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He’s been there since, working with volunteers, greeting familiar faces and dealing with small emergencies. The other night, he assisted a runner facing a minor health scare, “but everything was OK.” Once, a runner got locked inside briefly when he didn’t hear that the place was closing.
Security has always been top-notch, Recker emphasized. “Cameras and security people are everywhere,” he said. “It was pitch black one night on the field and they knew I was there.”
Early on, Recker ran with the pack. Then he decided he liked socializing better, so he runs during the day on his own, arriving at the Dome around 4:30 p.m. to get everything ready. Then he spends three hours doing what he loves — “absorbing all the energy being thrown my way.”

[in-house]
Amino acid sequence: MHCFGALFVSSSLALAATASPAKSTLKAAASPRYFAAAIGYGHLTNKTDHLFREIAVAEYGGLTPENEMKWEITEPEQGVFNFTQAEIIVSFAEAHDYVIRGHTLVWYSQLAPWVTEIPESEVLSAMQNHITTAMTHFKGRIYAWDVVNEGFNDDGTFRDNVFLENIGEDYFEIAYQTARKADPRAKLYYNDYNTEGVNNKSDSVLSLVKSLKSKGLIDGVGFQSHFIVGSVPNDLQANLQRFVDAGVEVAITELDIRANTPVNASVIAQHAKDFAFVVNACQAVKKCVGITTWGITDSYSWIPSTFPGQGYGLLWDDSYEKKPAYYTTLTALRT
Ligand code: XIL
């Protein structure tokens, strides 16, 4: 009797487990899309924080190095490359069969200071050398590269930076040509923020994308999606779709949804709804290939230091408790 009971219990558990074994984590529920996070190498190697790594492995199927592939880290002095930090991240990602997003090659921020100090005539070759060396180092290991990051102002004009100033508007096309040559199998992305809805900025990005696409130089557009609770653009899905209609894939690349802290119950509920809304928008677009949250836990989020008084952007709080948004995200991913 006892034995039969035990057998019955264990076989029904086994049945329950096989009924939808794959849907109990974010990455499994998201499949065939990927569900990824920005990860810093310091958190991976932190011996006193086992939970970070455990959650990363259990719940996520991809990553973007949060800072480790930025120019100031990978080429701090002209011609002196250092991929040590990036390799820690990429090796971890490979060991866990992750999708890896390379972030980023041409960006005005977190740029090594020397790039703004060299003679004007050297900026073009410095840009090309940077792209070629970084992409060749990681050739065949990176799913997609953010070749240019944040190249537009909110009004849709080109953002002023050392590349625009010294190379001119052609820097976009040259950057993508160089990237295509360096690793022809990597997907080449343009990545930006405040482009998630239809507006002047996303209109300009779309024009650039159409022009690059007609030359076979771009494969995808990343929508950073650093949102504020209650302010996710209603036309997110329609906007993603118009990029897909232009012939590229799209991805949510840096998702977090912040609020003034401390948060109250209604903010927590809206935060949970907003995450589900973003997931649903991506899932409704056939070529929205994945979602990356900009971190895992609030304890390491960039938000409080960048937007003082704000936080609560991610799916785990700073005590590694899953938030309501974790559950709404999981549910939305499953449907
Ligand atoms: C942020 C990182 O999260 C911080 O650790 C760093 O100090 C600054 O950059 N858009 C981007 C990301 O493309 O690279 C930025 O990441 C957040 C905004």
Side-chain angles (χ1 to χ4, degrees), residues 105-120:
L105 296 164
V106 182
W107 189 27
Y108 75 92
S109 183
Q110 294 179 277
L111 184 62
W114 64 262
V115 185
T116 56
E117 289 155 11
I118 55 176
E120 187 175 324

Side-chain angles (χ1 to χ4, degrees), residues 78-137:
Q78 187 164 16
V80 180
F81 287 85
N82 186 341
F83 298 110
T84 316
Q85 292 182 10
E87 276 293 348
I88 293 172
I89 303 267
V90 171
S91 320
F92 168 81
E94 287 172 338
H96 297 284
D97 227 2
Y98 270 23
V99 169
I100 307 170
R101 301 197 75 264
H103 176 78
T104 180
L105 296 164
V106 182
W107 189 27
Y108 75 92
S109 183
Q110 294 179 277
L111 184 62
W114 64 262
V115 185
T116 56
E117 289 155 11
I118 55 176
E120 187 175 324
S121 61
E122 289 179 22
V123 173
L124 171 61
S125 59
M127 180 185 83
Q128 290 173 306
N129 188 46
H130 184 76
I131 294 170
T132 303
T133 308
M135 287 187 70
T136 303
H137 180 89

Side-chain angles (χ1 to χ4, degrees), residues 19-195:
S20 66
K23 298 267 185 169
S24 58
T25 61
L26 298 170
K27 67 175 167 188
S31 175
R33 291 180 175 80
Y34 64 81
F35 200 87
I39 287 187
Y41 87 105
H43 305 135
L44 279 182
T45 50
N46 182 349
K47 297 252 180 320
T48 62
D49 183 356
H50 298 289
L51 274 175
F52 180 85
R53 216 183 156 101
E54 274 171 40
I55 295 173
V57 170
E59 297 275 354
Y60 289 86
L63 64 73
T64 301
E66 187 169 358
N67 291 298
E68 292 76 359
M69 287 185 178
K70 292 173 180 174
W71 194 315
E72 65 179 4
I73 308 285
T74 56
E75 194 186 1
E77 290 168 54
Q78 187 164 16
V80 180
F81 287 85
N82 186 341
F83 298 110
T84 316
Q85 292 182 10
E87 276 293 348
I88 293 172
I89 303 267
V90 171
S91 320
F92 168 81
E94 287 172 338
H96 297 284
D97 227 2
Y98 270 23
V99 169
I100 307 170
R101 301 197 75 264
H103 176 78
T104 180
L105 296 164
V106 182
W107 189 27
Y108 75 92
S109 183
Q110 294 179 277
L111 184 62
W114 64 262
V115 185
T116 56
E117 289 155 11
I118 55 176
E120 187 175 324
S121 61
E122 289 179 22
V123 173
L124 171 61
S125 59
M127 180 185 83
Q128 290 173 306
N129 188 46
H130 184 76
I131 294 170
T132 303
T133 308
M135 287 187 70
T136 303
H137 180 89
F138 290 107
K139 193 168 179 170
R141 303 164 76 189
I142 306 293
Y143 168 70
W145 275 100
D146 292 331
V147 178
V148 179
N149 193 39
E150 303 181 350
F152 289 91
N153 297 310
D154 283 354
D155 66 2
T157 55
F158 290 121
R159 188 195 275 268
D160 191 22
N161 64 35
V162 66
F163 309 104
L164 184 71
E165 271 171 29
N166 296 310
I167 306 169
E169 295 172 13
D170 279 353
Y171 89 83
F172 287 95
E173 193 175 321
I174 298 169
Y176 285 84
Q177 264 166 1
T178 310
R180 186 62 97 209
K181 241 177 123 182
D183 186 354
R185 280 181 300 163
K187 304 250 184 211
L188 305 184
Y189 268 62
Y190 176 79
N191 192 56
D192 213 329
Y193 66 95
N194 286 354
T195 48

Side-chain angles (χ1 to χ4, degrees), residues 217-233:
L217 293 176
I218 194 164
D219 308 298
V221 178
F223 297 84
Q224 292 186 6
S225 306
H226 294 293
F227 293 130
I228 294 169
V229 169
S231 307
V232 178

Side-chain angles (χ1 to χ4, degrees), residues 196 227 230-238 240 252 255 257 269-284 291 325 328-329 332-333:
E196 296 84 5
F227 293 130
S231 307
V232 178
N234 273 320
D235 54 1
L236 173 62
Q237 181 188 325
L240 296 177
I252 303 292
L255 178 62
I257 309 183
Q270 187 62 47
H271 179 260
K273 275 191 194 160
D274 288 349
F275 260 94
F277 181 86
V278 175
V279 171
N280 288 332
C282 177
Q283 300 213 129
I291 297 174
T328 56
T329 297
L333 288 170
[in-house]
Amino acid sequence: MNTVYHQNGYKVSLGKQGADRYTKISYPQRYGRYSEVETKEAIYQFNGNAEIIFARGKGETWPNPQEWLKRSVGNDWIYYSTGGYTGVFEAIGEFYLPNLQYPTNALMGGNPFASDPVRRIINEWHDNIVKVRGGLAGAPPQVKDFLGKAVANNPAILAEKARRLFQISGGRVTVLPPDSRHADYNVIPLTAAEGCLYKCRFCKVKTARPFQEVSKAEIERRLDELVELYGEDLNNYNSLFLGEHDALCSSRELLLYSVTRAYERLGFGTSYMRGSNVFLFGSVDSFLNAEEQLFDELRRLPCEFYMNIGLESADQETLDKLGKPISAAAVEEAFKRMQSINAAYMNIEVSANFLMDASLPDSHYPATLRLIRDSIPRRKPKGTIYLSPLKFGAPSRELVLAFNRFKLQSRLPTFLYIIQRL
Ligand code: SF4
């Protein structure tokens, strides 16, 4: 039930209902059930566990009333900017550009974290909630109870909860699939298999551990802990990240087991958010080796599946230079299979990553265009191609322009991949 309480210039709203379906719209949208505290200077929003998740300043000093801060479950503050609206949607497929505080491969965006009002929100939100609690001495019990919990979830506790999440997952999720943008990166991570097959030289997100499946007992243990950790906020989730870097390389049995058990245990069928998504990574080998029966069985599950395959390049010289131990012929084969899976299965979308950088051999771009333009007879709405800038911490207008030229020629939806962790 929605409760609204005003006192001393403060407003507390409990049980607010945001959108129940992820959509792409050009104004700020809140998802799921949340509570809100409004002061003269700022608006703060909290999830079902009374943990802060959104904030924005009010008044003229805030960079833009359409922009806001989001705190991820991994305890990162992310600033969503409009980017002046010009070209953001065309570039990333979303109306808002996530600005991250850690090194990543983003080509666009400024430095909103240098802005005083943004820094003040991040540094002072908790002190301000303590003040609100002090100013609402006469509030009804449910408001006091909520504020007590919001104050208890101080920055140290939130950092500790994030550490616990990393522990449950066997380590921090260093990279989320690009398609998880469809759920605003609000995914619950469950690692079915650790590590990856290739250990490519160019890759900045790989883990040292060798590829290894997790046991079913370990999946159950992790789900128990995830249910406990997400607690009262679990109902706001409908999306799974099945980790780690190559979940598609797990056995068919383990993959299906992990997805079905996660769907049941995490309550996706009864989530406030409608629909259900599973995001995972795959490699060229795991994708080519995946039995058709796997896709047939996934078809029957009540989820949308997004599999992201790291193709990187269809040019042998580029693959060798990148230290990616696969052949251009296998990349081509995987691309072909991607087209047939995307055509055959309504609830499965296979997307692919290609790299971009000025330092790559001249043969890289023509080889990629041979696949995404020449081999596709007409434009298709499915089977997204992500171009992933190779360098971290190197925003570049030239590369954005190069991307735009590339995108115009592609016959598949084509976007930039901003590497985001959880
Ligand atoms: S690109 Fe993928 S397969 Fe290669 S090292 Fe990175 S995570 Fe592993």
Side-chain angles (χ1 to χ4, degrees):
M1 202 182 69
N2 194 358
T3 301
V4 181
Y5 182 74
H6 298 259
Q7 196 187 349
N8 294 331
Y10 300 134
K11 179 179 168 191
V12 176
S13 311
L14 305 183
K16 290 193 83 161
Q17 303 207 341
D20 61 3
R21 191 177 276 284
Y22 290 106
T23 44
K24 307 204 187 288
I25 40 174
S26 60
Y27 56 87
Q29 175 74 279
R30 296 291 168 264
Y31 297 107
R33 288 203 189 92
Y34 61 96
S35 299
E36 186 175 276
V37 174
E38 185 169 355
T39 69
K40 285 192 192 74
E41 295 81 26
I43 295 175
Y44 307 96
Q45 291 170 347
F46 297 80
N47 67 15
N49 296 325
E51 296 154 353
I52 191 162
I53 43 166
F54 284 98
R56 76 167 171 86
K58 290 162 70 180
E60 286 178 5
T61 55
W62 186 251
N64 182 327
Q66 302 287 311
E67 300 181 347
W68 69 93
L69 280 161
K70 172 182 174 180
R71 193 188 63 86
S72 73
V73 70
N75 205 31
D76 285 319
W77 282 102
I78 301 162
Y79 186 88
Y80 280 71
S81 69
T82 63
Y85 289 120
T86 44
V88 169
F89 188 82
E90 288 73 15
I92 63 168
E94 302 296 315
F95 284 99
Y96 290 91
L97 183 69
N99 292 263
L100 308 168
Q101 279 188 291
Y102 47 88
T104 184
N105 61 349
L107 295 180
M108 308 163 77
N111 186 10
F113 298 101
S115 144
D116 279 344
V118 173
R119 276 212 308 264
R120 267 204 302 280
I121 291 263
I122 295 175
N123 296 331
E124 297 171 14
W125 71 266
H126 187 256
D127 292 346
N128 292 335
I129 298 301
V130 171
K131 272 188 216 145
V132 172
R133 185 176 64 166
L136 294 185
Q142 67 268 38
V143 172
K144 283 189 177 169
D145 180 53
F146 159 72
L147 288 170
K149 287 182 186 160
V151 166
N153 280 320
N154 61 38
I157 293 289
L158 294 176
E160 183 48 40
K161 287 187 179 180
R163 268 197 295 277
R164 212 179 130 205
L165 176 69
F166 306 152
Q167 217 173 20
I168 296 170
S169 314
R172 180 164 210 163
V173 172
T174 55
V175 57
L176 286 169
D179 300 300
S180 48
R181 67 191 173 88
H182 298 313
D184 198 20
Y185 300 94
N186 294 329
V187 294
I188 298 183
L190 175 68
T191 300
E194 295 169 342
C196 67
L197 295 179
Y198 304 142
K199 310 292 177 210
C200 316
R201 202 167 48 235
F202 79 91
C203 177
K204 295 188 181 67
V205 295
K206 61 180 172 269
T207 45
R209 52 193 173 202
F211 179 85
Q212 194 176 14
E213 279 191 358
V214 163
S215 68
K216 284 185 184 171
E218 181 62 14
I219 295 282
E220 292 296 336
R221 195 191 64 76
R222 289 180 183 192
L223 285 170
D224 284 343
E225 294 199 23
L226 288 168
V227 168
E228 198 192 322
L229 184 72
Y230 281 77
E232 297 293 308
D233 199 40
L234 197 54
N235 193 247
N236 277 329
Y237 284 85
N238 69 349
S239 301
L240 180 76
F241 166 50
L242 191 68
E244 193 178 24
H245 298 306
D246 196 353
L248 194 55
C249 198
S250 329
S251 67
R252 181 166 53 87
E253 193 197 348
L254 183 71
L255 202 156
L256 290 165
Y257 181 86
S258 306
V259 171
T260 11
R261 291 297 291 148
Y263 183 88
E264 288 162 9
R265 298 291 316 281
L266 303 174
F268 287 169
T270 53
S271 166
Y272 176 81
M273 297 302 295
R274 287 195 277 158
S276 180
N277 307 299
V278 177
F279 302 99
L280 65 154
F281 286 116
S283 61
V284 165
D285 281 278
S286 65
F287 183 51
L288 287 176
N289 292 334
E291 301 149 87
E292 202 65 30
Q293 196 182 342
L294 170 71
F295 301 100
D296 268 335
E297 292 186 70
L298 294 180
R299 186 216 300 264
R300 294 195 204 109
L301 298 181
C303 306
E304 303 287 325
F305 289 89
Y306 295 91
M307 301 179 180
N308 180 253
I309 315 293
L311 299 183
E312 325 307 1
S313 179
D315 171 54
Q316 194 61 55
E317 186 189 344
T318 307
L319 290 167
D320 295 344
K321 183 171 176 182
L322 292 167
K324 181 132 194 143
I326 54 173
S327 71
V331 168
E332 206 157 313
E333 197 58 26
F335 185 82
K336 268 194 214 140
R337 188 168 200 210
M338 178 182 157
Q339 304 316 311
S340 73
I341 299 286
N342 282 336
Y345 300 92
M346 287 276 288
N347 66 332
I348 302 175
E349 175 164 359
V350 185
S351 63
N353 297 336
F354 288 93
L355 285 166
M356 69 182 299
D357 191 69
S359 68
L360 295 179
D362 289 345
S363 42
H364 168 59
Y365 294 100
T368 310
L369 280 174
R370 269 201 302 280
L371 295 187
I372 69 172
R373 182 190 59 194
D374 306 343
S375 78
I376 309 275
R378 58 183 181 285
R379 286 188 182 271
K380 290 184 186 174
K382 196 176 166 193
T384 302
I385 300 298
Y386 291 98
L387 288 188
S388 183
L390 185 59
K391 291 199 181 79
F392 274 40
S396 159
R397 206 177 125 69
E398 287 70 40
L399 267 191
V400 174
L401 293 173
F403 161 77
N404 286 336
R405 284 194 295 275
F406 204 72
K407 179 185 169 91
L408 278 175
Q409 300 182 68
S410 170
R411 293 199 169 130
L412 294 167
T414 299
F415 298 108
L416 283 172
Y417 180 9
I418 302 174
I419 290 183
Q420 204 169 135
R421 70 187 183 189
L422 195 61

The Dome rarely closed to runners, with the exception of Thanksgiving and other major holidays that landed on a Tuesday or a Thursday.
Recker remembers having to cancel one night in the 1980s. The Rolling Stones were in town.
“We’re flexible,” he said.
Mike Warden, of Eden Prairie, became a volunteer that first year and has worked closely with Recker since. “Rick is Minnesota running,” said Warden, 61, who has noticed one obvious change since the early days: “We all got older.”
Warden often had to talk himself into showing up. “All I wanted to do after work was go home,” Warden said. “Traffic was terrible, the weather was terrible. But once I got down [to the Dome], you’d connect with people you’d met over the years. That’s what I’ll miss.”
Recker, the father of three and grandfather of six, will be 71 when the new stadium opens. Expect to see him there, in his running shoes.
“I created something 31 years ago that’s lasted this long,” he said. “I can do it again.”
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